By Noah Marks The minor political crisis that unfolded over the weekend, fallout from the Presidential pardon of “Mac” and “Cheese” and Sasha and Malia’s apparent boredom, has claimed at least one person’s job. The President, puzzled by the tradition, echoed his recent immigration executive order by claiming that the act is “fully within” his “legal authority” to “spare the … [Read more...] about Real Pardons for Real People
By Ana Choi Today, the Supreme Court will hear oral arguments for Elonis v. United States, an important case dealing with freedom of speech in the context of social media. Petitioner Anthony Elonis was charged and convicted under 18 U.S.C. § 875(c)—which forbids “any threat to injure the person of another”—after composing a series of threatening Facebook posts about his wife, … [Read more...] about Facebook Threats: Will Prosecutors Have to Prove Subjective Intent?
By Tom Watts In the aftermath of Ferguson, I keep reading pieces like this: what we should do now is learn, understand, and think. I find this advice irritating, because it seems futile. Things look bad right now, and social change will never come from progressives simply becoming more informed. We have to take the next step: talk with people. In particular, talk with people … [Read more...] about What We Really Should Do This Thanksgiving
By Daniel Pyon As the dust settles from the midterm elections, this much is clear: the final two years of President Obama’s administration will be one of two-party control. Accordingly, journalists and pundits are busy predicting what divided government means for issues on the President’s legislative agenda ranging like immigration, climate change, tax reform, and presidential … [Read more...] about Let’s Make a Deal
by Monis Khan Last Tuesday's midterm elections have left liberals panic-stricken as they lament lopsided losses by Democratic party candidates for U.S. Congress. For progressives paying attention to ballot measures at the state level, however, there is cause for encouragement. Even with the lowest turnout nationwide for any midterm election since World War II—a metric that … [Read more...] about Four places are changing the way we think about marijuana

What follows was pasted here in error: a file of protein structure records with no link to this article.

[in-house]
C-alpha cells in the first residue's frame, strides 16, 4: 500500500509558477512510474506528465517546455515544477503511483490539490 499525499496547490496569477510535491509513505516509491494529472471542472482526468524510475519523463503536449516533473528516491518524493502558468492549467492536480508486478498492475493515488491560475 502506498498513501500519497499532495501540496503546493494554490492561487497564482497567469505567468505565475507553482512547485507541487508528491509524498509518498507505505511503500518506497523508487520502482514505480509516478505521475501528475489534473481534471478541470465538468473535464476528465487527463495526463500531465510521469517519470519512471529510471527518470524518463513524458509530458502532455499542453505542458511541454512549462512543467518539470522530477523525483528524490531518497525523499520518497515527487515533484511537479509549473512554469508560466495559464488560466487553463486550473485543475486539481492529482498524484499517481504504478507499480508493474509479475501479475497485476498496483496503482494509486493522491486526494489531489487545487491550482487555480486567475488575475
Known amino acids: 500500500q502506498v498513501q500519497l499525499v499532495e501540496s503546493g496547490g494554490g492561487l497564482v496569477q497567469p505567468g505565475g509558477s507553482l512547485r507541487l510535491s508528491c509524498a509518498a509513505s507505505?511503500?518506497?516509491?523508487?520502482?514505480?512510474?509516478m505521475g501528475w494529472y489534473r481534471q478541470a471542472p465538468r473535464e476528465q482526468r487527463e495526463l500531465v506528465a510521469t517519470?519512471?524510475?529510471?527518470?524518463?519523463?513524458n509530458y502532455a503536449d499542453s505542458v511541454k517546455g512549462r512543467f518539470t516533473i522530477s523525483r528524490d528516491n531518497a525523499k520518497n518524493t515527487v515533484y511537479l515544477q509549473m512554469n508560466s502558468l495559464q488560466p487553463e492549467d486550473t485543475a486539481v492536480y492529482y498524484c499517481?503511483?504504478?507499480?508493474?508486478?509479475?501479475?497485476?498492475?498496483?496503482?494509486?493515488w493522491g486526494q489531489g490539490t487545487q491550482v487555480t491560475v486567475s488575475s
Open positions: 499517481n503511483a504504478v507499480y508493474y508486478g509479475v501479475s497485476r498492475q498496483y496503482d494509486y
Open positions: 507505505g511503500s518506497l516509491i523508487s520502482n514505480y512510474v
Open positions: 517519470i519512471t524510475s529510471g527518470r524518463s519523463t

By Matthew Skurnik Since the Supreme Court’s June 2013 ruling in United States v. Windsor—holding the federal Defense of Marriage Act unconstitutional—gay rights advocates have brought a tidal wave of lawsuits across the country successfully challenging state bans on same-sex marriage. On October 6th of this year, the Supreme Court denied cert in cases from five states, … [Read more...] about A SCOTUS Ruling on Gay Marriage: What’s it Actually Worth?
By Ming Cheung Over the past week, a series of tragic and senseless attacks have taken place in the United States and Canada. First, a man struck two soldiers in a hit-and-run in Quebec , another targeted the Canadian Parliament in Ottawa, and a hatchet-wielding individual assaulted police officers in New York City. All three attackers happen to be Muslim, and as human nature … [Read more...] about Defining a Terrorist
By Ana Choi On October 22, the New York City Council introduced a package of legislation aimed at addressing the problem of racial and socioeconomic segregation in New York City’s public schools. The package contains three pieces. The first piece would require the city’s Education Department to report statistics for various measures of diversity in the schools. The second … [Read more...] about School Segregation in New York City
Anne King As I wrote previously, as courts apply the Supreme Court’s decision in Wal-Mart Stores Inc. v. Dukes, observers are ever gaining new insight on how the opinion will impact future litigation. Nearly four months after Dukes (decided 6/20/11), I thought it would be interesting to take a look at whether a noteworthy passage in the majority opinion is finding any … [Read more...] about Any Traction for the Dukes Majority’s Characterization of “Most Managers?”
By Jake Laperruque For the last year and a half, government surveillance and NSA monitoring have generated one of the most intense discussions in the country. The Snowden disclosures have not only brought the surveillance debate to the front page, congressional hearings, and the campaign trail, but have also significantly impacted public opinion: Most Americans believe that … [Read more...] about Whatever Happened to NSA Reform?